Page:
Special Education Column
In response to a critical shortage of teachers of the deaf, the University of Rochester's School of Education and Human Development and the National Technical Institute for the Deaf are cooperating in a master's-degree program that prepares teachers to work with hearing-impaired students in secondary schools.
The number of hearing-impaired students being "mainstreamed" into regular high-school programs has grown significantly since the enactment of P.L. 94-142, the Education for All Handicapped Children Act of 1975. But few teachers have been prepared to meet the particular educational needs of hearing-impaired students.
The two-year Joint Educational Specialist Program for the Deaf, which was begun in 1980, specifically addresses that problem. This year, 16 students graduated from the program, which is supported in part by the U.S. Education Department's office of special education.
Officials of the program say the graduates are not only prepared to teach both hearing and hearing-impaired students, but they are also trained to serve in their districts as consultants on the problems of the deaf.
In the past year, state and local special-education officials have been keeping track of the latest developments in their field through a telecommunications system called "SpecialNet," established by the National Association of State Directors of Special Education.
Launched in 1981, the "electronic mail" and information-retrieval system has linked educators responsible for the education of handicapped students at all levels through microcomputers hooked up by phone to a master computer. The nasdse reports that the system currently has more than 600 "accounts" in 50 states.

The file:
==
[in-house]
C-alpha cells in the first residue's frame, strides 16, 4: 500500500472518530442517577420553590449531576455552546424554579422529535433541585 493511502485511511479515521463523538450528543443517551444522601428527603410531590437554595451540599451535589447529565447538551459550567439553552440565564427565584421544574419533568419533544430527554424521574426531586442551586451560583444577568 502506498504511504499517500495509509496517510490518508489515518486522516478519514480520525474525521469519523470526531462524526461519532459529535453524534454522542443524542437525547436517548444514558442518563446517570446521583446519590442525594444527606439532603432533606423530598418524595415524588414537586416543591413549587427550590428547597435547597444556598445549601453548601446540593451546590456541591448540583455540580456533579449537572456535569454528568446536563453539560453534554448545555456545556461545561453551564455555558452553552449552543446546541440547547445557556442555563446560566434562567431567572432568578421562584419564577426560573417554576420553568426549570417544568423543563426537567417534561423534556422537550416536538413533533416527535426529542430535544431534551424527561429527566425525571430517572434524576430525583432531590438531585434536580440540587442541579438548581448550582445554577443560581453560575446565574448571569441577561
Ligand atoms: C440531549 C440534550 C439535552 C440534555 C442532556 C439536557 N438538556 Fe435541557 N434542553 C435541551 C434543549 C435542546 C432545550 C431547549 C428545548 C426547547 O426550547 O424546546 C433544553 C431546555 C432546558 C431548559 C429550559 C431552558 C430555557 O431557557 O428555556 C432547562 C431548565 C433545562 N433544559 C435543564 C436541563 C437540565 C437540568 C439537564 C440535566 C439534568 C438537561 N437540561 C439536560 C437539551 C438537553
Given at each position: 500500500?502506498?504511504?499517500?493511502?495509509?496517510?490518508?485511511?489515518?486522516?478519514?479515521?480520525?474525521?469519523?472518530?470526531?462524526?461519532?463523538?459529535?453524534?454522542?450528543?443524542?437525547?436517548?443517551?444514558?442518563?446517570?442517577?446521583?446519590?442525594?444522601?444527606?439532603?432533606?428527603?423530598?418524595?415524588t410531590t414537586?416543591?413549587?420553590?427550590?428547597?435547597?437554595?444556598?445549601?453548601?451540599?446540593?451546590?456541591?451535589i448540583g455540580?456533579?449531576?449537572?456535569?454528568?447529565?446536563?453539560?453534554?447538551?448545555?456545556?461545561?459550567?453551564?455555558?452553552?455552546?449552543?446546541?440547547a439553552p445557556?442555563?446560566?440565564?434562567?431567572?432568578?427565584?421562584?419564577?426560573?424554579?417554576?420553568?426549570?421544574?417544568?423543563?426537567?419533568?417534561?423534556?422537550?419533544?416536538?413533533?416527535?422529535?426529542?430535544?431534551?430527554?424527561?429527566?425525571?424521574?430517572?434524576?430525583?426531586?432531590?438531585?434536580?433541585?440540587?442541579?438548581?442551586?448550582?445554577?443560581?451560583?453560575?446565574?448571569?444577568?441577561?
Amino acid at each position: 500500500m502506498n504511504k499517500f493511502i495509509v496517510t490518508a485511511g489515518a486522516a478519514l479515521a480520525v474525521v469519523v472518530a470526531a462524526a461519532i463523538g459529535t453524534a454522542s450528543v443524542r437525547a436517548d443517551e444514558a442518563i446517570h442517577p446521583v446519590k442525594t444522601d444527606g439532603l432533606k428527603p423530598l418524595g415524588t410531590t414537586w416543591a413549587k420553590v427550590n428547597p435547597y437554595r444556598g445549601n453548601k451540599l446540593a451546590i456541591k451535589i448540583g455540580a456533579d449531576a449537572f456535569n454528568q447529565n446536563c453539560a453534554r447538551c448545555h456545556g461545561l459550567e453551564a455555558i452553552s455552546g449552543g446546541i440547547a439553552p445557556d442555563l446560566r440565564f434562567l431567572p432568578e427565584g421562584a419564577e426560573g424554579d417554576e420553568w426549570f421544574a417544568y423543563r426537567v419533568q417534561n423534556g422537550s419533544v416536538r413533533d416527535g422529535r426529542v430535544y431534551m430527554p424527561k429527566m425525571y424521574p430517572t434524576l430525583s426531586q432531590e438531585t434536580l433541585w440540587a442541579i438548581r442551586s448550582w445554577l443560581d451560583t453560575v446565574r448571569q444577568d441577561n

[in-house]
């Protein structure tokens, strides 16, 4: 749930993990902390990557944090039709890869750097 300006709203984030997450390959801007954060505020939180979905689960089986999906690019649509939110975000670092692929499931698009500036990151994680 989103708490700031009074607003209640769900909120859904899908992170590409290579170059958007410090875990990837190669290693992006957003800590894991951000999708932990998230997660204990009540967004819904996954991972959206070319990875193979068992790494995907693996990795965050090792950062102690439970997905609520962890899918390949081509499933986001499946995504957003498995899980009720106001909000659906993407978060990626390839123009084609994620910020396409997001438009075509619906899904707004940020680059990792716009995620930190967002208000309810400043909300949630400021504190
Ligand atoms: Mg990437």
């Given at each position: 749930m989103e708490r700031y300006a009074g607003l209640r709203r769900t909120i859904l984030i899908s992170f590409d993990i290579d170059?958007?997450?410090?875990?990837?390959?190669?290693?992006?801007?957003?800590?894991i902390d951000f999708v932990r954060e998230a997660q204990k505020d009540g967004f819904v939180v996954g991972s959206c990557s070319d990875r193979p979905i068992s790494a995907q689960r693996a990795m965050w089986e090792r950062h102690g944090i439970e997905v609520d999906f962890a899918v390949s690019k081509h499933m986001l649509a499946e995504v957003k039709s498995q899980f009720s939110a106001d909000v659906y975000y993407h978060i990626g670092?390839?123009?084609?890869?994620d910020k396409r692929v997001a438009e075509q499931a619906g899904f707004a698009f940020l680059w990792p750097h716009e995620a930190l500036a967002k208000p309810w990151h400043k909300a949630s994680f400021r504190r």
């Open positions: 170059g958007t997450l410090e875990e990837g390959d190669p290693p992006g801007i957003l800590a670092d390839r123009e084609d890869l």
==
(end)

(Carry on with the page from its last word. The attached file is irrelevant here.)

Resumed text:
A study of 52 North Carolina mothers of autistic children or children with communication disorders has found that, in a majority of cases, mothers and other family members are able to "adapt quite well" to the demands of caring for a handicapped child, according to a researcher at the University of North Carolina at Chapel Hill.
At least 80 percent of the mothers reported that their marriages were happy, and, despite their child's disorder, almost the same percentage were "not at risk of being depressed," according to Marie M. Bristol, the principal investigator for the project. She said that among the participants, the divorce rate was about 13 percent, which is the average rate for the Southeast region of the U.S.
Only about one-fourth of the mothers had experienced depression, the study found. Absence of depression, Ms. Bristol said, may be related to the early diagnosis and identification of the children's disorders. The mothers who felt guilty about having a handicapped child were those who had not received special services for their children or themselves, she added. "What they were responding to was the ambiguity," Ms. Bristol said.--sgf
Vol. 02, Issue 15